3 Tips to Prevent Exploitation with a Florida Power of Attorney
A power of attorney is a legal document delegating authority from one person to another. The maker of the power of attorney is called the “principal.” In the document, the principal grants the right to act on the maker’s behalf as that person’s agent. What authority is granted depends on the specific language of the document. A person giving a power of attorney may make it very broad or may limit it to certain specific acts. A person can grant Power of Attorney over their finances, property, health care, child, and business.
State law governs a power of attorney, and Florida law changed in 2011. After 2011, a Florida Power of Attorney is no longer springing – it does not just come into life when a person becomes incapacitated. Instead, the document is live and active from the moment you sign it. This can make it a dangerous document, especially if a form document granting broad powers is used. Still, a power of attorney gives someone the authority to act on your behalf, so that means if you do become incapacitated, there is no need for anyone to spend thousands of (your) dollars to get a guardianship of you.
There are three things you can do to prevent exploitation:
1. Limit Authority:
· Do not give your agent unlimited power to make gifts. Gifts may be necessary or desired in certain instances, such as holidays, birthdays or special occasions. These can be clearly defined and detailed in your power of attorney with the help of your attorney.
· Do not give unlimited power to change beneficiaries in a life insurance policy or financial accounts. Note that it may be necessary to change a beneficiary or assign a life insurance policy incident to a Medicaid or SSI application. If this is a possible need for a client, I’ll draft limited authority into the document for this purpose.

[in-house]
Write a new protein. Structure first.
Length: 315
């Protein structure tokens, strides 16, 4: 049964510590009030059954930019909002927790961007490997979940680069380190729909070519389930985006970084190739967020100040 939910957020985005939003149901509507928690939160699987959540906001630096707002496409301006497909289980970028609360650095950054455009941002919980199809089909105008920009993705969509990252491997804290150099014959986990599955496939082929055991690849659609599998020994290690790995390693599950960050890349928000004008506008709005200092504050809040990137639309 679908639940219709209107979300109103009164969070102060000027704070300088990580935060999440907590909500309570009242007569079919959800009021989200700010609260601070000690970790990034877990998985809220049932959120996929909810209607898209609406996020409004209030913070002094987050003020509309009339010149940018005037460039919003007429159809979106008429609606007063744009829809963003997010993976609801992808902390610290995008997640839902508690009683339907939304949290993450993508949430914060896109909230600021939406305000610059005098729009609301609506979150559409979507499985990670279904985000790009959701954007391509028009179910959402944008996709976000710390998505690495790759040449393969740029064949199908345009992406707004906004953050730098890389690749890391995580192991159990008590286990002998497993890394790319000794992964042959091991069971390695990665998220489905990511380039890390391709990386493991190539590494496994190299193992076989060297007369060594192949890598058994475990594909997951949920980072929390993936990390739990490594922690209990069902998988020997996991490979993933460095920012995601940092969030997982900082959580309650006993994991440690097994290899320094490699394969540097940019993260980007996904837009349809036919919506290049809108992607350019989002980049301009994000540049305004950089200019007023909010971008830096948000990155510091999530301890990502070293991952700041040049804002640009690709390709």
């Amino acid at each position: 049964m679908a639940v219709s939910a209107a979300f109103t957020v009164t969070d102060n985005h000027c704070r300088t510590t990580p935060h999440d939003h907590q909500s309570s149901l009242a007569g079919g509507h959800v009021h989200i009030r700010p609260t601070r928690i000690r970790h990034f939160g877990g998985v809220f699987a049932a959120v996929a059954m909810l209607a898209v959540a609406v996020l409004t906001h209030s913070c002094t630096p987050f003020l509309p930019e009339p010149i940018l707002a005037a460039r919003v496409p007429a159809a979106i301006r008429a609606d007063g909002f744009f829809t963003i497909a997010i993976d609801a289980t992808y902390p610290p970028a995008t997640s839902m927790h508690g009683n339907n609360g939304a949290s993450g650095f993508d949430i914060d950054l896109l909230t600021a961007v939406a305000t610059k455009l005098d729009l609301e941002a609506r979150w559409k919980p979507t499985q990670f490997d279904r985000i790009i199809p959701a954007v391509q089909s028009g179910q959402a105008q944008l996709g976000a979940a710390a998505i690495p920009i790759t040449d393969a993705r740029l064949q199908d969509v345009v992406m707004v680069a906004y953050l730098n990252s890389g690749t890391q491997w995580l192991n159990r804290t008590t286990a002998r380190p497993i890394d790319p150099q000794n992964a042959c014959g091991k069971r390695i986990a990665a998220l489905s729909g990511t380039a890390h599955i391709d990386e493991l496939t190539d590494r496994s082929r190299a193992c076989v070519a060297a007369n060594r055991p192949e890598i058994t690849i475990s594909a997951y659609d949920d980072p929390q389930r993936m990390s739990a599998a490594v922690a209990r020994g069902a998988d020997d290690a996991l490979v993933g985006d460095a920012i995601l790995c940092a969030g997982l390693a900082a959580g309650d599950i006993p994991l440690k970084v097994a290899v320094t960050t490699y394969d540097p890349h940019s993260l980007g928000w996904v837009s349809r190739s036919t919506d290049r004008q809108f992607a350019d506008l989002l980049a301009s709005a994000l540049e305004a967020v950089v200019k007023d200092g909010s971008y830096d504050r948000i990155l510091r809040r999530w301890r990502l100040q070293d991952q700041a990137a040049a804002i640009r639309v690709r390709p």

2. Choose Your Agent Wisely:
· The most important step in reducing the risk of exploitation is careful selection of the agent being named. The agent should be trustworthy and reliable. You may want to choose someone who has certain skills, shares your values, and will be able to help you make decisions. I encourage my clients to have a thorough and open discussion of the proposed agents that goes beyond simple question of who do you want to name as your agent? Consider what makes them the best person for the job right now.
3. Keep it Safe:
· Hold off on giving your agent a copy of the document until they need it, and keep it in a safe and secure place. Some clients will have me hold the original and then tell their agent to contact me if they become incapacitated, so that I then give the agent the document. You could also have the document drafted to require that only the original power of attorney be used (otherwise copies can also be used), but that will make it a little less practical for the agent down the road and can cause problems if they lose the original.
Revocation of a power of attorney is always an option for the principal. Circumstances can change, and you have the right under Florida law to change your mind about who will serve as your agent by revoking your power of attorney. A revocation should be served upon the agent to whom you originally gave power so they have notice of it.
A power of attorney is a useful tool in avoiding guardianships. If you have questions about it or need help in preparing one, please contact me.